Furthermore, as supply chains continue to extend their global reach, such a restriction could severely disrupt the international trade for products in which PFASs are used. Creating more obstacles to international trade than are necessary to fulfil a legitimate policy objective is inconsistent with Article 2.2 of the Technical Barriers to Trade (TBT) Agreement.#6 Therefore, this restriction should not be introduced without thoroughly examining the balance between impacts on supply chains and international trade, and necessity in terms of fulfilling policy objectives, including consistency with the TBT Agreement and the EU's other international obligations.

In addition to the above, we regard the restriction's exceptions and derogations as inappropriate. The Proposed Restriction allows a five-year derogation in the case of PFASs for which alternative substances are in the development phase or are not available in sufficient quantities and a 12-year derogation in the case of PFASs for which alternative substances have not yet been identified. It also allows time-unlimited derogations that apply only to certain specific uses. However, alternative substances even in the development phase are not necessarily able to be deployed, and sometimes development can take longer than expected. Moreover, identification and development of alternative substances imposes an additional burden on companies. This uncertainty and the additional burden on companies are further reasons why thousands of different PFASs should not be made subject to the restriction as a single group.

(3) Conclusion

For the reasons outlined above, PFASs subject to the restriction should be limited to substances for which effects on human health or the environment have been established by means of scientifically based risk assessment, while also taking socio-economic impacts into account.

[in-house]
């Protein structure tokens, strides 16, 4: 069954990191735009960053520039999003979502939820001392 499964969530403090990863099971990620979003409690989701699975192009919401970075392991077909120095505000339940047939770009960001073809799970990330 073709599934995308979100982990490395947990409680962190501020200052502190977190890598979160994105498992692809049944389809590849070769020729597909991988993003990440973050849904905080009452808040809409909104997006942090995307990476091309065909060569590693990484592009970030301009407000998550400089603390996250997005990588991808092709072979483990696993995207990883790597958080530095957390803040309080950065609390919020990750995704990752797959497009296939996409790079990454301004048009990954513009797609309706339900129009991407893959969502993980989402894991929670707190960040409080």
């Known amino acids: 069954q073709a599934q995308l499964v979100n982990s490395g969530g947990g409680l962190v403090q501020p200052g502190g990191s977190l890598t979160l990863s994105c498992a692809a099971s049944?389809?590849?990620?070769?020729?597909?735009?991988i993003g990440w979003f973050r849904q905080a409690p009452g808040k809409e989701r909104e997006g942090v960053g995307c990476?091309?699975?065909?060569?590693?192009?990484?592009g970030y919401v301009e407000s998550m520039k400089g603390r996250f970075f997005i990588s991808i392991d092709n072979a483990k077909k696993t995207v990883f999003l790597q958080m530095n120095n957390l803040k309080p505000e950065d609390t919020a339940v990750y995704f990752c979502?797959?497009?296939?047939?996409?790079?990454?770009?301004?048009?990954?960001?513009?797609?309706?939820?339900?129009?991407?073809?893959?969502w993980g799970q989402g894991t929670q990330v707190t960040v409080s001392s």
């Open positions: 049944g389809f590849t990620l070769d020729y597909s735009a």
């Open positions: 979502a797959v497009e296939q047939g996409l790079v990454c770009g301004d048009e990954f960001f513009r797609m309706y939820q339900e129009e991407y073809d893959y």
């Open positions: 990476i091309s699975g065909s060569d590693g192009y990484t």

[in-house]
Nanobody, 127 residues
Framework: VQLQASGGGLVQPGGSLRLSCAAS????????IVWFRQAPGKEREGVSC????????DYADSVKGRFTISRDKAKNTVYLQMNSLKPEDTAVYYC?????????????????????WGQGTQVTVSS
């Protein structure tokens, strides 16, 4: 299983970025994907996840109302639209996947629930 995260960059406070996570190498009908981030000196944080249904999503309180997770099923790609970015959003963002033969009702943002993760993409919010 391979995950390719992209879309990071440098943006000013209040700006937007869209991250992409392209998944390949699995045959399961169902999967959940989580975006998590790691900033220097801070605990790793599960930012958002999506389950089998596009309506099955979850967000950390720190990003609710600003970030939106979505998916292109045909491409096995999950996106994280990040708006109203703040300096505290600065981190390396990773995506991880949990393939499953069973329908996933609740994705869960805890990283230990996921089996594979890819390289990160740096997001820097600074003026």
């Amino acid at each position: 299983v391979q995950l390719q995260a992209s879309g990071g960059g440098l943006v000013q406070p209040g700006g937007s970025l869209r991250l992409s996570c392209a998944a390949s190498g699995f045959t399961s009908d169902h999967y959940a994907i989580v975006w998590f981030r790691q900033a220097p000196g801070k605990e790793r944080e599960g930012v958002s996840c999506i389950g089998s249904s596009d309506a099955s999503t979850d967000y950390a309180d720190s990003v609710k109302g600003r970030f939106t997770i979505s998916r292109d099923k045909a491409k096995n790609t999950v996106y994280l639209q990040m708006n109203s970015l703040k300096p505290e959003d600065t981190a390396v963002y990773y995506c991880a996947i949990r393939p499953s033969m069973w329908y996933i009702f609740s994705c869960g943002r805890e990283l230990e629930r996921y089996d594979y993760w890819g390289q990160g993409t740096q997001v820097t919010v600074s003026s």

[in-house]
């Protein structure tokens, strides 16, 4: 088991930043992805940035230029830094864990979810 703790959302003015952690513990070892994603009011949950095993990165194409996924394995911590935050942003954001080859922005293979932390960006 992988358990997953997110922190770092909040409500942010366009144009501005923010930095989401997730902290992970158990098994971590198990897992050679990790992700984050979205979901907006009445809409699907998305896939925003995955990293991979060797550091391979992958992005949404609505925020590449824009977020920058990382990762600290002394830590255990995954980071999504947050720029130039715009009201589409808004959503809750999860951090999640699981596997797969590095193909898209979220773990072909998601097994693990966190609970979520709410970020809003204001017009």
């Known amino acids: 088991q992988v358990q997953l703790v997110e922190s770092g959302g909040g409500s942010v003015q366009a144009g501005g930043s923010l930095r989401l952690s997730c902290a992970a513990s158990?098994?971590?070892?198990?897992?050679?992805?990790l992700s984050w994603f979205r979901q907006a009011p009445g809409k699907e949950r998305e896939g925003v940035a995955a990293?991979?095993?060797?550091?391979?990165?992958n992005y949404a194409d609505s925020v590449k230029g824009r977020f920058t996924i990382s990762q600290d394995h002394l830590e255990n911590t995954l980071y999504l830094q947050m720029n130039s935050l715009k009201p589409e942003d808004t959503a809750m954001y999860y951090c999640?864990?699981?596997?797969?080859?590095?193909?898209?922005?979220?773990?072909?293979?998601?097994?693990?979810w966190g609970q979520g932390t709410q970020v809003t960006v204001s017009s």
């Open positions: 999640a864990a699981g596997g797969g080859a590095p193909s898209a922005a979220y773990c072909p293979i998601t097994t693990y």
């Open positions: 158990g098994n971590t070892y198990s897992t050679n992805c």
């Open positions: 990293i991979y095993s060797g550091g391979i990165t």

Moreover, substances that will be subject to the restriction should be determined by considering a broad range of expertise, including opinions submitted as part of the public consultation, cautiously assessing whether alternative substances are available for each. In conjunction with this approach, the necessary provisions should be put in place to ensure that a PFAS can be excluded from the scope of the restriction or its derogation period can be extended if socio-economic impacts become apparent following introduction of the new restriction or there is insufficient prospect of an alternative substance being developed and implemented during the derogation period.

Additionally, to avoid disruption of global supply chains and negative impacts on international trade, it is essential to conduct exhaustive discussions according to WTO procedures (e.g., via the TBT Committee), premised on ensuring consistency with the TBT Agreement and other international rules. At the same time, it is necessary to engage in adequate dialogue with the national governments and private sectors of Japan and other countries with an interest in this issue, and incorporate their opinions into the restriction.

  1. https://echa.europa.eu/de/restrictions-under-consideration/-/substance-rev/72301/term
  2. https://echa.europa.eu/documents/10162/f605d4b5-7c17-7414-8823-b49b9fd43aea
  3. https://www.oecd.org/chemicalsafety/portal-perfluorinated-chemicals/terminology-per-and-polyfluoroalkyl-substances.pdf
  4. OECD, Reconciling Terminology of the Universe of Per- and Polyfluoroalkyl Substances: Recommendations and Practical Guidance, p. 19
  5. The Proposed Restriction, pp. 20-21
  6. "Members shall ensure that technical regulations are not prepared, adopted or applied with a view to or with the effect of creating unnecessary obstacles to international trade. For this purpose, technical regulations shall not be more trade-restrictive than necessary to fulfil a legitimate objective, taking account of the risks non-fulfilment would create. . . . In assessing such risks, relevant elements of consideration are, inter alia: available scientific and technical information, related processing technology or intended end-uses of products."

Environment and Energy